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More public cloud on the horizon for Govt suppliers

More public cloud on the horizon for Govt suppliers

The new secure cloud strategy​ pushes for greater use of public cloud among agencies

Australian partners specialising in public cloud could be in for an easier time when selling services into the public sector, with the Federal Government releasing a new secure cloud strategy for its agencies.

The strategy, announced by Minister Assisting the Prime Minister for Digital Transformation, Michael Keenan, at the Indonesia–Australia Digital Forum on 1 February, is intended to guide Australian Government investment going forward.

“Transitioning to cloud technology will allow us to explore common platforms, remove the need for big upfront investments and reduce the amount of maintenance required for services to ‘keep the lights on’,” Keenan said.

“The strategy is designed to support agencies looking to adopt cloud services, and address the barriers and security concerns around moving to cloud.

“We don’t need to reinvent the wheel for every individual agency to access cloud based services and a whole of government approach will save time and money,” he said.

The new strategy, released by the Digital Transformation Agency (DTA), is the result of a series of Government and industry consultations conducted throughout 2017.

It replaces a previous document, the Australian Government Cloud Computing Policy, which was released in 2014, and acted as a first step to encourage more cloud uptake among Government entities.

Broadly, the new strategy focuses on helping government agencies adopt and use cloud platforms more easily.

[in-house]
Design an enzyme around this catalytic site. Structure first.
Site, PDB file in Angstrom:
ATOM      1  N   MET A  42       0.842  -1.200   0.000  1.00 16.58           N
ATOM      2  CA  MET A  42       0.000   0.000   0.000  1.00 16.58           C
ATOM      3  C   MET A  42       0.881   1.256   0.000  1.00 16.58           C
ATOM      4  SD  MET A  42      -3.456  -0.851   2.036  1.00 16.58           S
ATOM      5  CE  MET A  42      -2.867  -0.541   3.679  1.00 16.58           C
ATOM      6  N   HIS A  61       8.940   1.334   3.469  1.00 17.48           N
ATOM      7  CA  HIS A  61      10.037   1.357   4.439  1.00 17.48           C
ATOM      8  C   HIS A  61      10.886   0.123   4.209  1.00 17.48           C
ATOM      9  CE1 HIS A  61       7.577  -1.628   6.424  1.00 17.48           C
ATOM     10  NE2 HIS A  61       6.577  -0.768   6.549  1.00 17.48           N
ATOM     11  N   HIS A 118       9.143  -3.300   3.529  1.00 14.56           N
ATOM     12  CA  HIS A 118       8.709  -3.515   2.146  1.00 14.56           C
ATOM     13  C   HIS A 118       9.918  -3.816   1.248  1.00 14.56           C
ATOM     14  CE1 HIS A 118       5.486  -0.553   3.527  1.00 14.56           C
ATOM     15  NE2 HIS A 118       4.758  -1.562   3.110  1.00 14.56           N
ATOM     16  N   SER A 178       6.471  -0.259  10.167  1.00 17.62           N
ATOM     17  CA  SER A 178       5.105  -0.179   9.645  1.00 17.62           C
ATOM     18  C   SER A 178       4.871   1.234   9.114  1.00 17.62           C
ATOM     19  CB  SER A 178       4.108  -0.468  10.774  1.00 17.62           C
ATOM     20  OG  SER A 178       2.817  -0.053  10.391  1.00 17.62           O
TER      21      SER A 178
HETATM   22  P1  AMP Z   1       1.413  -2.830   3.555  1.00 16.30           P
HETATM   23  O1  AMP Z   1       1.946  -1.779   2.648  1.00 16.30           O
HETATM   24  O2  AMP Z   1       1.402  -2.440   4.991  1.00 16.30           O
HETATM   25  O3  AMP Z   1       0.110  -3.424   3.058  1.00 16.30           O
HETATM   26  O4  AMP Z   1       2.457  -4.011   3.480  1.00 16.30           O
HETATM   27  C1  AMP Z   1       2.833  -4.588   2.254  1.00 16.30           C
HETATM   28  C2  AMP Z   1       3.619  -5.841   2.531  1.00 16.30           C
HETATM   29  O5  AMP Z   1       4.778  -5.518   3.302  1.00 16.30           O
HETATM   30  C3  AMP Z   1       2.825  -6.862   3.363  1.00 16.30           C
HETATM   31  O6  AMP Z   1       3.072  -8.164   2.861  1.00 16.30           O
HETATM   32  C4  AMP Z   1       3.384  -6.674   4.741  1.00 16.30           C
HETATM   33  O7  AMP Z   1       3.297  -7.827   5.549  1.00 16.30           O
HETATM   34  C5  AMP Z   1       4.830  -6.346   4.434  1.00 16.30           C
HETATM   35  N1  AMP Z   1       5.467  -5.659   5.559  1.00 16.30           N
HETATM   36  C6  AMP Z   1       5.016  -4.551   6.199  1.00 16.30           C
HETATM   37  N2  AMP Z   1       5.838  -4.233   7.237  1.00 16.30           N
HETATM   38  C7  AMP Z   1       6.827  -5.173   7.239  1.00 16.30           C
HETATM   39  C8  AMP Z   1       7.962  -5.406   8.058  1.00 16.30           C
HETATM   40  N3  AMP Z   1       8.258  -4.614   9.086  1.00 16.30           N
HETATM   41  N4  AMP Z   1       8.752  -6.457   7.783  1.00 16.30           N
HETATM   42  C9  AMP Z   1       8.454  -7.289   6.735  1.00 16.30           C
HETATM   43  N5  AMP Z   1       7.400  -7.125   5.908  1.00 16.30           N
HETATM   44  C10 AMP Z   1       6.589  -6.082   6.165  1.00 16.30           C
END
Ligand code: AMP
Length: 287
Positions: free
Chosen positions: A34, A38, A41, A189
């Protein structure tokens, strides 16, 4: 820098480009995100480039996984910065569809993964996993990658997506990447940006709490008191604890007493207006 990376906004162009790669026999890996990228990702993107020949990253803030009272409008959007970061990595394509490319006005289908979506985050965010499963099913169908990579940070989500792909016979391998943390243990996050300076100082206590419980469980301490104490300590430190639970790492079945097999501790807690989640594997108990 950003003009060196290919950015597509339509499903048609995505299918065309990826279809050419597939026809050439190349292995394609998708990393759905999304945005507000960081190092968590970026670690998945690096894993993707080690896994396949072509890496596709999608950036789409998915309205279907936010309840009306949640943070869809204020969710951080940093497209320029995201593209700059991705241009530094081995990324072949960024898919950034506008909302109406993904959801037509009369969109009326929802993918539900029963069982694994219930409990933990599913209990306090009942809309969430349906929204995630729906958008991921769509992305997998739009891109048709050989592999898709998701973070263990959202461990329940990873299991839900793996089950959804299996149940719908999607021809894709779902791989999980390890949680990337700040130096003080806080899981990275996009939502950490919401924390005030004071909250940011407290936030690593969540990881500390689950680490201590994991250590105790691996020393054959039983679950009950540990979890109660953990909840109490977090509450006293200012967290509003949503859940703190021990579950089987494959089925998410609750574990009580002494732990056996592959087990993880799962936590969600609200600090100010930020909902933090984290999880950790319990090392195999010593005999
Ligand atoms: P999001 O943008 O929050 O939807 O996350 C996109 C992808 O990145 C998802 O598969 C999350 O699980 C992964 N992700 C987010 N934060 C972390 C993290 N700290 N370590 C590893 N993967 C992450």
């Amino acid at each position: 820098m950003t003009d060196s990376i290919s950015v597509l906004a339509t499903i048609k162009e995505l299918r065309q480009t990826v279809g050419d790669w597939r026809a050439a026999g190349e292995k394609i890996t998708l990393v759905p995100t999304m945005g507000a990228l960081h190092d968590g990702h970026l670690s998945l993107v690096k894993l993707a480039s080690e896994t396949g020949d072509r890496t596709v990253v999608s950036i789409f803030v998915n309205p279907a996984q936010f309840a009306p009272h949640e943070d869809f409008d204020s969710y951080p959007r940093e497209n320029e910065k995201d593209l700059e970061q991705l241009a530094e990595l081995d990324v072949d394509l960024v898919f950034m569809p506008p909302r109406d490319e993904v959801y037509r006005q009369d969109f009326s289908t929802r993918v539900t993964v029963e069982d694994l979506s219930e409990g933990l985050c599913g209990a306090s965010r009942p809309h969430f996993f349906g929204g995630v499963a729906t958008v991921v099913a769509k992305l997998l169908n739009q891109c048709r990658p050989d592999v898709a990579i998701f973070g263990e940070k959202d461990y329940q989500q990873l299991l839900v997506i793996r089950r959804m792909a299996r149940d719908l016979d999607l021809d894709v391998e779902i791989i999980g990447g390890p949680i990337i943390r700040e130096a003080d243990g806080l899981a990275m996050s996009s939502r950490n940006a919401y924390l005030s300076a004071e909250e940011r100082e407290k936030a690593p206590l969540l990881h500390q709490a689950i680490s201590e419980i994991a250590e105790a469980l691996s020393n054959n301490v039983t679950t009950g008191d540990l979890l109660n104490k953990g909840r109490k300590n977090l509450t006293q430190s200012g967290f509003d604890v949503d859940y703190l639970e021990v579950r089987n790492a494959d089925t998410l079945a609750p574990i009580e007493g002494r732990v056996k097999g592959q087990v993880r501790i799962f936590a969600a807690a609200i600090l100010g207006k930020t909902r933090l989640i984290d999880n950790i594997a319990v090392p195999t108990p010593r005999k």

Noting that a number of Government agencies have already embraced the cloud model, the strategy document outlines seven cloud principles by which Government cloud implementation will be guided.

These principles include using public cloud services as the default, designing services for the cloud, using as much of the cloud as possible and taking full advantage of cloud automation practices.

The document also suggests that service procurement will be aligned with the ICT Procurement Review Recommendations.

“As cloud services move more rapidly than services available through panels traditionally do, the recommendations in the ICT Procurement Review align well with creating a better pathway for cloud procurement,” the document stated.

Citing a number of issues raised by industry players, including the significant investment by suppliers to attain Australian Government certification and cumbersome IT contract head agreements, the document said that the secure cloud capability seeks to address some of the concerns raised by commercial providers.

“The development of a streamlined, transparent process to reduce bottlenecks will increase government responsiveness,” it said. “The introduction of frameworks in the strategy will provide greater clarity for industry, about not only the government’s appetite for cloud, but also how government wants to use cloud.

“The creation of new procurement approaches will enable a better pathway for cloud procurement, and increase the opportunity for new markets with innovative and small-scale cloud services to be available to government.”

Additionally, the strategy flagged that the use of common shared platforms and capabilities within Government will be explored.

These include federated identity for government to enable better collaboration in the cloud, a platform for protected-level information management to reduce enclaves in agencies and service management integrations services to enable agencies to manage multi-provider services.

“These initiatives will be supported through a Digital Transformation Agency-led community of practice that will support agencies to plan and transition their environments for cloud,” the document stated.

The strategy broadly supports and furthers the Federal Government’s previous efforts to encourage federal public sector entities to adopt cloud technology and services, as outlined in the cloud computing policy the new document replaces.

The earlier policy document suggested that Government agencies must adopt cloud where it is "fit for purpose, provides adequate protection of data and delivers value for money" when obtaining new ICT services or replacing existing services.

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